Here is why mysticism is a logical necessity: (1) We think in words, (2) Words are approximations, therefore (3) There are things which can not be expressed; this is the essence of the mystical.
As Wittgenstein states in proposition 6.522 of the Tractatus Logico Philosophicus: “There are, indeed, things that cannot be put into words. They make themselves manifest. They are what is mystical.”
The Tractatus Logico Philosophicus is, to a great extent, a logical proof of the necessity of mysticism. In a manner reminiscent of Lao Tzu’s writing of the Tao Te Ching, the words of this short book had to almost be bled out of Wittgenstein while he wrote it. Consider these two quotations:
“Those who speak, do not know; those who know, do not speak.”
— Lao Tsu, Tao Te Ching
“Whereof one can not speak, thereof one must be silent”
— Ludwig Wittgenstein, Tractatus Logico Philosophicus
Now consider how hard it is to write a treatise on the matter!
Consider all of the aspects of life which can not be adequately expressed in language: “love”, “beauty”, “flow”, “happiness”. In many ways, all of the things in life that matter most are the hardest to describe.
In many ways, all of the things in life that matter most are the hardest to describe.
Since his death in 1951, academic philosophers have tried to understand Wittgenstein’s work by turning it into “a system” or some other equally cruel torture. For me, his work is easy to understand, because his “philosophy” is “no-philosophy” – time and again he writes that philosophy is an activity of clarification, not an attempt at systematically writing down all the Truths of the world. One of the last sentences he wrote before his death, later published in the book On Certainty, was: “Doubting and non-doubting behavior. There is a first only if there is a second.” Thirty years before that, he wrote: “Skepticism is not irrefutable, but obviously nonsensical, when it tries to raise doubts where no questions can be asked. For doubt can exist only where a question exists, a question only where an answer exists, and an answer only where something can be said.” (TLP, proposition 6.51)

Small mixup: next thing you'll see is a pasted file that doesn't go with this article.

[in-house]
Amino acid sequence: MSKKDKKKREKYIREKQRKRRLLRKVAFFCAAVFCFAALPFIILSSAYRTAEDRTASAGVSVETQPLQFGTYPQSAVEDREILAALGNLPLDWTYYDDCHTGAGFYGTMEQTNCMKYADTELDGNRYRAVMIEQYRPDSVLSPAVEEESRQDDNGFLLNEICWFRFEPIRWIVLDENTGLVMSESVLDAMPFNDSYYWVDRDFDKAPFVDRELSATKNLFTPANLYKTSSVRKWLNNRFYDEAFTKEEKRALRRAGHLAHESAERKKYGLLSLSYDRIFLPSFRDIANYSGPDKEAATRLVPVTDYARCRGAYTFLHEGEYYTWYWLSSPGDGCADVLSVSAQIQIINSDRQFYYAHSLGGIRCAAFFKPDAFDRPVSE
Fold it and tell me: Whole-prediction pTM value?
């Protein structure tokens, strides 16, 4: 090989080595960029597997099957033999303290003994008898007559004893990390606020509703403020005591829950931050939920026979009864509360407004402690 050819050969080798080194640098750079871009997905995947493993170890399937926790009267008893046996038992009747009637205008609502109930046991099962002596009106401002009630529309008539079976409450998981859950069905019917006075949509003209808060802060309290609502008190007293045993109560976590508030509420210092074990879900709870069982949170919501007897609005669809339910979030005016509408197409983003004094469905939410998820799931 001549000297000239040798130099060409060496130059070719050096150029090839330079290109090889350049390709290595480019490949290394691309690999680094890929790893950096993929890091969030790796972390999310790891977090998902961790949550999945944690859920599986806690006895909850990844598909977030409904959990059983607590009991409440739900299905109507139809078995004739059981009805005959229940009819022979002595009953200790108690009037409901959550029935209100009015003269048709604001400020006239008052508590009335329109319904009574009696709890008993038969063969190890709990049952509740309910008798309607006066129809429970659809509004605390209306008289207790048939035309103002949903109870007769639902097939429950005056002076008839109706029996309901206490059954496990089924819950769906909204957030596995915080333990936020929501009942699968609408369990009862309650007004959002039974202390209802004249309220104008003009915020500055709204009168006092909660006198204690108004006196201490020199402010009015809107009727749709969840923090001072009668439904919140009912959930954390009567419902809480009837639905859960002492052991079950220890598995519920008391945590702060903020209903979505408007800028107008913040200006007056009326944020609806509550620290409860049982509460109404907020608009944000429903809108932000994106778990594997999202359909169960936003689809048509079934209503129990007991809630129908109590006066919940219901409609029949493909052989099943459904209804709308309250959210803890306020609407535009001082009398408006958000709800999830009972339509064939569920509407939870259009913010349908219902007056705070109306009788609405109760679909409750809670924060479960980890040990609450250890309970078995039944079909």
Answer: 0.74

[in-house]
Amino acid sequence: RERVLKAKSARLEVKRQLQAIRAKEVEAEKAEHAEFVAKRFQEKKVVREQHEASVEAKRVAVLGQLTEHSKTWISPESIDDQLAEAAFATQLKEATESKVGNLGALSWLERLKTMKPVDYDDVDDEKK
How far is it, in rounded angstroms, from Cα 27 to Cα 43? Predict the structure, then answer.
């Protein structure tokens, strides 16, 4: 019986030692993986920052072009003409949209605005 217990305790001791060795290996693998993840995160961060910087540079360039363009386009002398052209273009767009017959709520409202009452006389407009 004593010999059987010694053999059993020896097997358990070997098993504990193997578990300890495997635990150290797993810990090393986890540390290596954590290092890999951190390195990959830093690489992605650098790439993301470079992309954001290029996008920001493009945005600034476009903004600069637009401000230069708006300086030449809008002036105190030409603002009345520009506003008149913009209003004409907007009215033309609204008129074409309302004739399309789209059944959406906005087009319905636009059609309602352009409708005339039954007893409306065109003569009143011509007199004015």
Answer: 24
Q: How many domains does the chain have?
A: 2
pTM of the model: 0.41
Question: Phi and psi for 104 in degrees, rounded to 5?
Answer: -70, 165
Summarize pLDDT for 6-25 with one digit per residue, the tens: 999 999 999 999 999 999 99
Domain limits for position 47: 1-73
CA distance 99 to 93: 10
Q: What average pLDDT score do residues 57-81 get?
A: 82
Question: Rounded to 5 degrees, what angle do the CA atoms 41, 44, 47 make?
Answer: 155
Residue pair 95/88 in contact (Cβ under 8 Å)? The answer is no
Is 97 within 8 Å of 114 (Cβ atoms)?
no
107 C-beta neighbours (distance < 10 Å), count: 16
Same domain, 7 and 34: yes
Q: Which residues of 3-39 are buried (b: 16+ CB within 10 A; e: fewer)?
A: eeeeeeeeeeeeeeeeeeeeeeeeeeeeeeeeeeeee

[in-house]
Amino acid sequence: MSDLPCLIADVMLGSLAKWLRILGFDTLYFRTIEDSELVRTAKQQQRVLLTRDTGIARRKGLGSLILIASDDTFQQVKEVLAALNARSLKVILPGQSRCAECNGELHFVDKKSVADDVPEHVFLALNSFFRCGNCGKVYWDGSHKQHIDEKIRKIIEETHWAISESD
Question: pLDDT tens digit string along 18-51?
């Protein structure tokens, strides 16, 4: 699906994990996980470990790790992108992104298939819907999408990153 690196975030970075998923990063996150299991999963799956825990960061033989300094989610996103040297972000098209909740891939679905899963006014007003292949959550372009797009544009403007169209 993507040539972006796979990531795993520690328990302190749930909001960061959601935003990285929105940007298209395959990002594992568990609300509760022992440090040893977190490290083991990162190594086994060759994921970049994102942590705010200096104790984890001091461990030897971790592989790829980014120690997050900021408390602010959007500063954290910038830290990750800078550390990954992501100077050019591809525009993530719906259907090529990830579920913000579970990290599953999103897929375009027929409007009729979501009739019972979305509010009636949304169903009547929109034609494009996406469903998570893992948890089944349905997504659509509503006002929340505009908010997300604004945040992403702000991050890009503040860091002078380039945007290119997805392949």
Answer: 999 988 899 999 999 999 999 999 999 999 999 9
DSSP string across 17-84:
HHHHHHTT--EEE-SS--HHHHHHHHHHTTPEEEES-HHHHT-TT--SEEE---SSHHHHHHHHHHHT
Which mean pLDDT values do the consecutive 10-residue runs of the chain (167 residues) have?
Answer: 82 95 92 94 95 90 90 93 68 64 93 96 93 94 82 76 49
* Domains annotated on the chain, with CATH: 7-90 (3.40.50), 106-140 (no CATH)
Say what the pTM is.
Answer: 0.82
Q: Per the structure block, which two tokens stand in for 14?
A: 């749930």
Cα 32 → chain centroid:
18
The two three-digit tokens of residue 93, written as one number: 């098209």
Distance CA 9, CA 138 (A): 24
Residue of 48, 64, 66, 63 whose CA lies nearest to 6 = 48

Is the point that Wittgenstein was a Taoist? No, of course not. What is important is that here we have the most influential philosopher of the 20th century, originally trained as an engineer, who becomes so deeply immersed in logic that he eventually realizes that it is a house of cards. In fact, in his later thought Wittgenstein began to describe logic as another form of what he called a “language game.” Such a game is fine, as long as everybody is playing by the same rule book. But, like any other game, it doesn’t necessarily have anything to do with life-as-we-live-it.
This mystical orientation in a logician is not limited to Wittgenstein; it is a fairly common phenomenon among logicians and theoretical mathematicians. For example, Raymond Smullyan, a mathematical logician with an international reputation, is also the author of The Tao is Silent – his ruminations upon the Tao.
So where does this all lead? I personally do not advocate that anyone accept any teaching uncritically. However, I think that some who would profit from the acceptance of mysticism are kept from doing so because they are afraid to admit a certain “illogic” into their lives. For those people, I offer Wittgenstein’s analysis of the nature of logic as the instrument to rid themselves of the chains of reliance on a stilted logic and to free themselves to experience the mystical in their lives.